WASHINGTON — Despite allegations that members of a rogue Stryker platoon engaged in a monthslong drug and murder spree while stationed at a small forward base in Afghanistan, no leaders or officers responsible for the platoon have been charged or disciplined in the case and the Army will not confirm whether any are under investigation.
In what is developing as the worst American war crimes case to emerge from the nearly 9-year-old Afghan war, five soldiers of the 5th Stryker Brigade Combat Team are facing potential courts-martial on various charges that they killed three unarmed Afghan civilians for sport between January and May this year in the Maiwand District near Kandahar City.
Prosecutors allege that some of the accused soldiers then posed for photos with the corpses and collected body parts as souvenirs. Another seven members of the platoon face related charges of drug abuse, assault and attempting to cover up the alleged crimes.
Some of the accused soldiers have told Army criminal investigators that drug use was widespread in the platoon and that knowledge of the murders, as well as the gruesome photos of the dead Afghans, were widely shared among a group of about 30 soldiers.
But Army officials say that Lt. Col. Jeffrey French, the battalion commander and most senior officer at Forward Operating Base Ramrod during the period when the crimes are alleged to have occurred, is not under investigation. The platoon sergeant and lieutenant in charge have been reassigned but not reprimanded, according to Maj. Kathleen Turner, spokeswoman for I Corps at Joint Base Lewis-McChord, where the Stryker brigade is based.
“We cannot comment on the number, scope or substance of the investigations,” Turner told Stars and Stripes. “It’s still really early in the process. We’ll have to wait and see how the investigations go.”
French, speaking through Turner, said he could not comment on the allegations against his soldiers because the investigation is ongoing.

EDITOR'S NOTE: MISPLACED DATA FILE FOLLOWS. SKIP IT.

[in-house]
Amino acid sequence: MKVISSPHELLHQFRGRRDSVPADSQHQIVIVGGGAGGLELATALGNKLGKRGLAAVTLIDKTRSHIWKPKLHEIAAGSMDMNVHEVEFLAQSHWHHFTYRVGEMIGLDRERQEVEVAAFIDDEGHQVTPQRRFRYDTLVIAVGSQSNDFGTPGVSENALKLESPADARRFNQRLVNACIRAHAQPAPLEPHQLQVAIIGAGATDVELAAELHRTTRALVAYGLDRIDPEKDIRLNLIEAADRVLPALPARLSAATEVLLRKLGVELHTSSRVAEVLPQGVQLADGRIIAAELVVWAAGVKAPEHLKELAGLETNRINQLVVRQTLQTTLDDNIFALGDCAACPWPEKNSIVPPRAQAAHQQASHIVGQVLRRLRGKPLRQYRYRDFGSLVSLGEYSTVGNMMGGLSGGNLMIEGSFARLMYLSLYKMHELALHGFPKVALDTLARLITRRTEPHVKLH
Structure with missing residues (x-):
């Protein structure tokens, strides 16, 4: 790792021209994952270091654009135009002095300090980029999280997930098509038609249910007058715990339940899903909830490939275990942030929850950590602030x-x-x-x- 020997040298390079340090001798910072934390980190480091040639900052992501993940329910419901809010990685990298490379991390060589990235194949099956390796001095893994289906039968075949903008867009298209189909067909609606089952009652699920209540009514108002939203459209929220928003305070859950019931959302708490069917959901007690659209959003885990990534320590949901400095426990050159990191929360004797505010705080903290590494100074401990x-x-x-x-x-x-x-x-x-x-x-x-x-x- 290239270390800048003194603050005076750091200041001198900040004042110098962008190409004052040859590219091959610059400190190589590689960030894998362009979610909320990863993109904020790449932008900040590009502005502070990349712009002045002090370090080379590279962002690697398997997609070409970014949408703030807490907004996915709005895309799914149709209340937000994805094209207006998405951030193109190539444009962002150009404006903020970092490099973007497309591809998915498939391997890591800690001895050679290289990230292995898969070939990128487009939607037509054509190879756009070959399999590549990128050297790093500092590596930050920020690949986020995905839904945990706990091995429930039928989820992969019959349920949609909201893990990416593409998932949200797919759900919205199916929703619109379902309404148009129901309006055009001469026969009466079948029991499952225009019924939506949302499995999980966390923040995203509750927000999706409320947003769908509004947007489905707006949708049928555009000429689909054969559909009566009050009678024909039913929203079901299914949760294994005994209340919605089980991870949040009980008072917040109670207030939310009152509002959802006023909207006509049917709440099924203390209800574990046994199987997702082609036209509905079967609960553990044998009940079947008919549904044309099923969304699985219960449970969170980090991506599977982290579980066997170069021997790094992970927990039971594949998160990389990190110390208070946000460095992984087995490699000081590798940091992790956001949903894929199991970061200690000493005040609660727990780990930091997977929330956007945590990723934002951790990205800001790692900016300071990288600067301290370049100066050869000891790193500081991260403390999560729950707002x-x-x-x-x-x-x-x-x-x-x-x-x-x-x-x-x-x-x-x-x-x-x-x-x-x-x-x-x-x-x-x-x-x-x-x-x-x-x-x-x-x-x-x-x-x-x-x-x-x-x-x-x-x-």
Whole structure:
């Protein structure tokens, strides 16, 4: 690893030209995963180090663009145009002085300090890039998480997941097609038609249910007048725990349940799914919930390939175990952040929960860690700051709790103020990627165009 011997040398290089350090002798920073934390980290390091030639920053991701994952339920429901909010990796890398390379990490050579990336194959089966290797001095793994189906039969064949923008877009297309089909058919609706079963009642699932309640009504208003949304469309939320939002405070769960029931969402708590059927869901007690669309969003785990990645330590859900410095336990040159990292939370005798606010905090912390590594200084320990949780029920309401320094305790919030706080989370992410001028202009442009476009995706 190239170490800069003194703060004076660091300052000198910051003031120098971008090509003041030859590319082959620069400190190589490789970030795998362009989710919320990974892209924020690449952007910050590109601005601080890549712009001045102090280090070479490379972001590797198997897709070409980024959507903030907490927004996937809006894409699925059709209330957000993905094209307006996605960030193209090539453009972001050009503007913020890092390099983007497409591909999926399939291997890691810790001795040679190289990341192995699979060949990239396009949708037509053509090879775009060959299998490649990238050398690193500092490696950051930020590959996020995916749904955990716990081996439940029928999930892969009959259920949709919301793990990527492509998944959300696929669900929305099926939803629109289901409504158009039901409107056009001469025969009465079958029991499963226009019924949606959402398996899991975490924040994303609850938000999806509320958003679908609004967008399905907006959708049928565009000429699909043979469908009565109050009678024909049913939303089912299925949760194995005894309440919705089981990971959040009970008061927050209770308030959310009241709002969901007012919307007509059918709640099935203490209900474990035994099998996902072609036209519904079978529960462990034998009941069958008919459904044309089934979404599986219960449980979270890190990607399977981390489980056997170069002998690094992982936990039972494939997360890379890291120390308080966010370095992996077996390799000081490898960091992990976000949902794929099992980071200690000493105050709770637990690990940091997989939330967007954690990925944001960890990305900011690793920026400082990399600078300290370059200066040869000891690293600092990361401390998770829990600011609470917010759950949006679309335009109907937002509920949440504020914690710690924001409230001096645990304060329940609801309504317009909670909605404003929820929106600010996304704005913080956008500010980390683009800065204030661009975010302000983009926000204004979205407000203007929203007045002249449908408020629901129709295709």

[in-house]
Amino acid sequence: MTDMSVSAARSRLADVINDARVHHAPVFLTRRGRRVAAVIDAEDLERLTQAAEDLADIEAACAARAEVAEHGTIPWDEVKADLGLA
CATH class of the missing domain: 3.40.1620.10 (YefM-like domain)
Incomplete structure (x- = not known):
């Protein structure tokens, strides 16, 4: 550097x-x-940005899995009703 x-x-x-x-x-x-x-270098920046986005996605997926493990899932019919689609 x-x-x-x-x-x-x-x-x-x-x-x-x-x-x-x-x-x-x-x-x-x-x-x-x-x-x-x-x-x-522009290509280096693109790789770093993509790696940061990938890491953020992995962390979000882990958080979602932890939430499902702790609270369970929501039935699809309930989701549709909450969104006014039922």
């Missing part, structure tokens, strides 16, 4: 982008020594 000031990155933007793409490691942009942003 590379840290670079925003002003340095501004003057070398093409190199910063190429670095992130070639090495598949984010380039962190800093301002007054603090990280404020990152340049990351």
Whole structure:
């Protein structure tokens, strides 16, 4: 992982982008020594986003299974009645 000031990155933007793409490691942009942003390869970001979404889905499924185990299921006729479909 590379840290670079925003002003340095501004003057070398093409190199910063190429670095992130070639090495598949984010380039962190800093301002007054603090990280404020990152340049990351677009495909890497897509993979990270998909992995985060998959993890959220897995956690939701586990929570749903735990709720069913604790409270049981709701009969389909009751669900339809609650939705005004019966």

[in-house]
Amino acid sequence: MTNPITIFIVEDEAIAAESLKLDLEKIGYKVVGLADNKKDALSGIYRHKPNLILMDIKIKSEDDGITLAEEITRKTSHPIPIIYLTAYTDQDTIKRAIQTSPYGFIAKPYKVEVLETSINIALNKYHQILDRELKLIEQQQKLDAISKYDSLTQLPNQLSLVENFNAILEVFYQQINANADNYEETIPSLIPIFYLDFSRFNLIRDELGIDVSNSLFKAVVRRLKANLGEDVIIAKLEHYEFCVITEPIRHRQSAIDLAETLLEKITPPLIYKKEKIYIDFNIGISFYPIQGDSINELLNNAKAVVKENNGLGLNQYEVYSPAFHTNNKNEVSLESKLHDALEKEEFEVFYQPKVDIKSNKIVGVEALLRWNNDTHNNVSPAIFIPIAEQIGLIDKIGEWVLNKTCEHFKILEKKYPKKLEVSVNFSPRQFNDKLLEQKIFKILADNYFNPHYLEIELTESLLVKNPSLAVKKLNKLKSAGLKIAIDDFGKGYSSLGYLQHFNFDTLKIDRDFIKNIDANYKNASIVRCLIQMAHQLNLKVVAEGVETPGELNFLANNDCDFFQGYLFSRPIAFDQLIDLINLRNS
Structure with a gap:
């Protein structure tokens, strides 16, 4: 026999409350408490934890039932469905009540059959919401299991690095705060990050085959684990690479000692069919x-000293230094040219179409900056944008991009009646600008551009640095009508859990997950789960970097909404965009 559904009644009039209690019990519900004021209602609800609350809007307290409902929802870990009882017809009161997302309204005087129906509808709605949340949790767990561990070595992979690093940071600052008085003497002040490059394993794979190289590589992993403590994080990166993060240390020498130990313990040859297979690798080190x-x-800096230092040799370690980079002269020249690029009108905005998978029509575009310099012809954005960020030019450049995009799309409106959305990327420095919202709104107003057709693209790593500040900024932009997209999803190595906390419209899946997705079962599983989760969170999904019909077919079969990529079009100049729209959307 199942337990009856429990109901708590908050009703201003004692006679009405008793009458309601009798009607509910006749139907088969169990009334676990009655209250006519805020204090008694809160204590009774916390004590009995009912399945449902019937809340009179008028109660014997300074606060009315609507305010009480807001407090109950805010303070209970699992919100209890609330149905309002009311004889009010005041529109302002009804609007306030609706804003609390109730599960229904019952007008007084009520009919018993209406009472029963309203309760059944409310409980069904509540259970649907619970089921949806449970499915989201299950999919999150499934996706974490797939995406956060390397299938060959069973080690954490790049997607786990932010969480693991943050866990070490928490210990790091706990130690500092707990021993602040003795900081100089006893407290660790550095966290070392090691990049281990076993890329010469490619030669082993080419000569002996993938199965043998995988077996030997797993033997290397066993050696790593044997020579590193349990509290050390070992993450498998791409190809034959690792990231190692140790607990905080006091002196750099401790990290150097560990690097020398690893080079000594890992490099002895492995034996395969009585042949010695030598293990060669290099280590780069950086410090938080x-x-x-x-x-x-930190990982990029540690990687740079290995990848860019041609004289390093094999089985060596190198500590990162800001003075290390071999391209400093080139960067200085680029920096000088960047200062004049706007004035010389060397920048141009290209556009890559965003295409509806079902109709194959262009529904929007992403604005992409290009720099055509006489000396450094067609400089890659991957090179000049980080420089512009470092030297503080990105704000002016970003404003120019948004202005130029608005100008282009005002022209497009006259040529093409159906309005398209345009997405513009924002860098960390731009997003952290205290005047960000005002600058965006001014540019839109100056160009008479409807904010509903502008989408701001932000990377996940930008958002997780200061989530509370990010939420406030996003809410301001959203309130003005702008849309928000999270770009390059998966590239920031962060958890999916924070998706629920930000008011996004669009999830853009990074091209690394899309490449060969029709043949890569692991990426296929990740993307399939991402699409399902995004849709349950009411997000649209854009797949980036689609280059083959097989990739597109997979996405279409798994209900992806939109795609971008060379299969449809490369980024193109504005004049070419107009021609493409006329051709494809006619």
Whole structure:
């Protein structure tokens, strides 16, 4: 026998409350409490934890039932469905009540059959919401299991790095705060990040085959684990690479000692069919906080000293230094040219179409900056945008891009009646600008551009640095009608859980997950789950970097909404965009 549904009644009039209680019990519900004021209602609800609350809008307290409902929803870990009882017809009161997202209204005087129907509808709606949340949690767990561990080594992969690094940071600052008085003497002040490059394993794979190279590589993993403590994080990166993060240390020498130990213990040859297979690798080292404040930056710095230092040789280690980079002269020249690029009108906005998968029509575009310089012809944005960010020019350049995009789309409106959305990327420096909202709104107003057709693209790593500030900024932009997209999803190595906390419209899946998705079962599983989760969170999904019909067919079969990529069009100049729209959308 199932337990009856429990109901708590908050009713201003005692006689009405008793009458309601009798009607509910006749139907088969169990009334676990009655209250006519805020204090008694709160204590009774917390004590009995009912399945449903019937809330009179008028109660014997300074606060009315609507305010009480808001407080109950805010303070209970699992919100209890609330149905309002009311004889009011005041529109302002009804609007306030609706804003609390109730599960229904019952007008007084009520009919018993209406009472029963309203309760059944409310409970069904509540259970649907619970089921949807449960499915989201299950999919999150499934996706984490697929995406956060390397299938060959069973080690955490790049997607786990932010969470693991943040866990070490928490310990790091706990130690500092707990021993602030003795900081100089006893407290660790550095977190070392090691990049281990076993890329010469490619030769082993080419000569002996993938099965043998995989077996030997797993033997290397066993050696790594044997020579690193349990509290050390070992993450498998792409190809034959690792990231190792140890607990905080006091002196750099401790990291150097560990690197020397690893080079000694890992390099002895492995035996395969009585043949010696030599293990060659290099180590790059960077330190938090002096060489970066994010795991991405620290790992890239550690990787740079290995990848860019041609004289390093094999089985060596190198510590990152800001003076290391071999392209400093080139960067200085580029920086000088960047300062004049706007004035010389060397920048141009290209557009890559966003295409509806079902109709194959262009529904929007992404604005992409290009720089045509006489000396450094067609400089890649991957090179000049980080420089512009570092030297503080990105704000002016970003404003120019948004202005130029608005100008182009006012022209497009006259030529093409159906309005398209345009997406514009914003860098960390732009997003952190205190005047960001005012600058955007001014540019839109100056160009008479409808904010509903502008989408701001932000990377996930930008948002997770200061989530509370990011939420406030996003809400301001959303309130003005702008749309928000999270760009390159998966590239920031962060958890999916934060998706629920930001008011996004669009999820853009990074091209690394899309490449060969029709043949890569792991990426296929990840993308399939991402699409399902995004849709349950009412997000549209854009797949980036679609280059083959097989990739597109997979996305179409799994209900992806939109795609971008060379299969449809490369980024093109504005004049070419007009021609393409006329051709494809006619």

Chris Grey, spokesman for the Army’s Criminal Investigation Command, declined to specify whether the Stryker criminal investigation was expanding beyond the individuals already charged, but he said that the agency “looks at everything” and could refer any troubling issues to the command for further inquiry.
A defense attorney for one of the accused soldiers is questioning how leaders at FOB Ramrod could not have known anything about the alleged drug use, murders and other crimes that reportedly continued for months.
“The battalion itself, really from top down, needs to be looked at,” said Eric Montalvo, who represents one of the accused, Spc. Adam Winfield. “If anything, maybe [the battalion commander] doesn’t have criminal culpability at the end of the day, but, my God, there’s a leadership culpability. How was this allowed to happen? Commanders are responsible for everything a unit does or fails to do, and here you have an entire platoon running amok.”
The battalion commander who took over FOB Ramrod last summer when the 5th Stryker Brigade redeployed raised similar questions.
The forward-operating base, which is about 800 yards square and houses some 1,600 people, is “not a little place,” said Lt. Col. Bryan Denny, commander of 3rd Squadron, 2nd Stryker Cavalry Regiment.
But Denny said he would have expected company and platoon leaders to have known about any illicit drug use by their men.
“You know what everyone is doing,” Denny said. “At the company level, you certainly know your guys, because you are looking at them every day.”
What’s more, the father of one of the five soldiers accused of murder has said he telephoned several stateside Army offices last February to warn officials of potential wrongdoing at FOB Ramrod, after his son told him about one of the alleged murders and how “the whole platoon knew about it.”
Army officials confirmed last week that there are at least two investigations under way into how officials handled the calls from Christopher Winfield, father of Spc. Adam Winfield.
The others facing Article 32 hearings on charges of murder are Spc. Michael S. Wagnon, Pfc. Andrew Holmes, Spc. Jeremy Morlock and Staff Sgt. Calvin Gibbs, the alleged ringleader of the group.
Although there seems to have been “a terrible leadership failure” within the Stryker unit, past cases of wartime misconduct suggest that higher-ups are not likely to be found legally responsible and prosecuted, according to Eugene Fidell, the president of the National Institute of Military Justice.
“I would be somewhat surprised if they were prosecuted for dereliction of duty,” Fidell said. Instead, leaders could get their “knuckles rapped” or possibly be relieved of command, he said.
For example, senior officers faced no legal repercussions for the Abu Ghraib prisoner abuse scandal in Iraq.
Only the junior soldiers who directly carried out the abuse were prosecuted for the crimes, while Brig. Gen. Janis L. Karpinski, who was in charge of U.S. prison facilities in Iraq when the abuse occurred, was relieved of command of the 800th Military Police Brigade and demoted to colonel. Eight other officers were administratively reprimanded.
Stars and Stripes reporter Seth Robson contributed to this report from Afghanistan.